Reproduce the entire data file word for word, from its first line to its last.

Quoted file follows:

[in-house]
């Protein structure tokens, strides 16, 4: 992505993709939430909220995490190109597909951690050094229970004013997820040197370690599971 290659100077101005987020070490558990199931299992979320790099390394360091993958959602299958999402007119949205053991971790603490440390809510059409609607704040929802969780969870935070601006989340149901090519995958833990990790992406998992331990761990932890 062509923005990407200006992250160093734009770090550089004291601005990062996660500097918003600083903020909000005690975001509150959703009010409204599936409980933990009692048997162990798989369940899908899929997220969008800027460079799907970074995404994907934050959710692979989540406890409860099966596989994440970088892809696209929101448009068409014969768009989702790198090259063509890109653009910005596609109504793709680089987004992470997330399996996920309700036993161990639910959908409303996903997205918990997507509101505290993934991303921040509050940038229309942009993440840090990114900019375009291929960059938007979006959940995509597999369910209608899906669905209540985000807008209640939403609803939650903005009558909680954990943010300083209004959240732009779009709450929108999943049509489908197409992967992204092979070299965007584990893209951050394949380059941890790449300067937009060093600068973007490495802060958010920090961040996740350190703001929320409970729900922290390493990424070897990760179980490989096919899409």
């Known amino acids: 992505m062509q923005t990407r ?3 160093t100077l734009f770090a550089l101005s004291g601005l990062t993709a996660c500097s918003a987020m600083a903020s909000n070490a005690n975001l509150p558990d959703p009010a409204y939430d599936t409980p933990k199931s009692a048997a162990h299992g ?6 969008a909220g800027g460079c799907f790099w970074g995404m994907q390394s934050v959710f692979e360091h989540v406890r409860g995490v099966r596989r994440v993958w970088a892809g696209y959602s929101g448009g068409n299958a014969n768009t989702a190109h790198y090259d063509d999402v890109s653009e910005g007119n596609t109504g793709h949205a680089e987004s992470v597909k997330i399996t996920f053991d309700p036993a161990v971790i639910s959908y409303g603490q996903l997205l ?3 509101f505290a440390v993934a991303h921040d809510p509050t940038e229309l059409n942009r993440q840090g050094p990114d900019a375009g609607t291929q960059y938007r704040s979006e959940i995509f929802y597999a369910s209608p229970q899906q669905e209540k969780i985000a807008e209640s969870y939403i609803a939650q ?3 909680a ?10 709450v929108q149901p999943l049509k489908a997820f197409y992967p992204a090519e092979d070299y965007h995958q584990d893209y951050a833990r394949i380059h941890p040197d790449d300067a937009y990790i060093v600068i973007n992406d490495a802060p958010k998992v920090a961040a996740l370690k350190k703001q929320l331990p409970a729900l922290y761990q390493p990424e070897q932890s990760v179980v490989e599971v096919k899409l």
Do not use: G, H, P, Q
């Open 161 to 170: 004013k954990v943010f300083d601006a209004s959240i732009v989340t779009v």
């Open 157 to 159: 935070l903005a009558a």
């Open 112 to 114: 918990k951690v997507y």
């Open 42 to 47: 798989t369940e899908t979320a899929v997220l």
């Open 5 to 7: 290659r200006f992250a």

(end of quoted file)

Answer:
[in-house]
């Protein structure tokens, strides 16, 4: 992505993709939430909220995490190109597909951690050094229970004013997820040197370690599971 290659100077101005987020070490558990199931299992979320790099390394360091993958959602299958999402007119949205053991971790603490440390809510059409609607704040929802969780969870935070601006989340149901090519995958833990990790992406998992331990761990932890 062509923005990407200006992250160093734009770090550089004291601005990062996660500097918003600083903020909000005690975001509150959703009010409204599936409980933990009692048997162990798989369940899908899929997220969008800027460079799907970074995404994907934050959710692979989540406890409860099966596989994440970088892809696209929101448009068409014969768009989702790198090259063509890109653009910005596609109504793709680089987004992470997330399996996920309700036993161990639910959908409303996903997205918990997507509101505290993934991303921040509050940038229309942009993440840090990114900019375009291929960059938007979006959940995509597999369910209608899906669905209540985000807008209640939403609803939650903005009558909680954990943010300083209004959240732009779009709450929108999943049509489908197409992967992204092979070299965007584990893209951050394949380059941890790449300067937009060093600068973007490495802060958010920090961040996740350190703001929320409970729900922290390493990424070897990760179980490989096919899409």
């Known amino acids: 992505m062509q923005t990407r ?3 160093t100077l734009f770090a550089l101005s004291g601005l990062t993709a996660c500097s918003a987020m600083a903020s909000n070490a005690n975001l509150p558990d959703p009010a409204y939430d599936t409980p933990k199931s009692a048997a162990h299992g ?6 969008a909220g800027g460079c799907f790099w970074g995404m994907q390394s934050v959710f692979e360091h989540v406890r409860g995490v099966r596989r994440v993958w970088a892809g696209y959602s929101g448009g068409n299958a014969n768009t989702a190109h790198y090259d063509d999402v890109s653009e910005g007119n596609t109504g793709h949205a680089e987004s992470v597909k997330i399996t996920f053991d309700p036993a161990v971790i639910s959908y409303g603490q996903l997205l ?3 509101f505290a440390v993934a991303h921040d809510p509050t940038e229309l059409n942009r993440q840090g050094p990114d900019a375009g609607t291929q960059y938007r704040s979006e959940i995509f929802y597999a369910s209608p229970q899906q669905e209540k969780i985000a807008e209640s969870y939403i609803a939650q ?3 909680a ?10 709450v929108q149901p999943l049509k489908a997820f197409y992967p992204a090519e092979d070299y965007h995958q584990d893209y951050a833990r394949i380059h941890p040197d790449d300067a937009y990790i060093v600068i973007n992406d490495a802060p958010k998992v920090a961040a996740l370690k350190k703001q929320l331990p409970a729900l922290y761990q390493p990424e070897q932890s990760v179980v490989e599971v096919k899409l």
Do not use: G, H, P, Q
């Open 161 to 170: 004013k954990v943010f300083d601006a209004s959240i732009v989340t779009v």
């Open 157 to 159: 935070l903005a009558a």
């Open 112 to 114: 918990k951690v997507y």
């Open 42 to 47: 798989t369940e899908t979320a899929v997220l």
């Open 5 to 7: 290659r200006f992250a």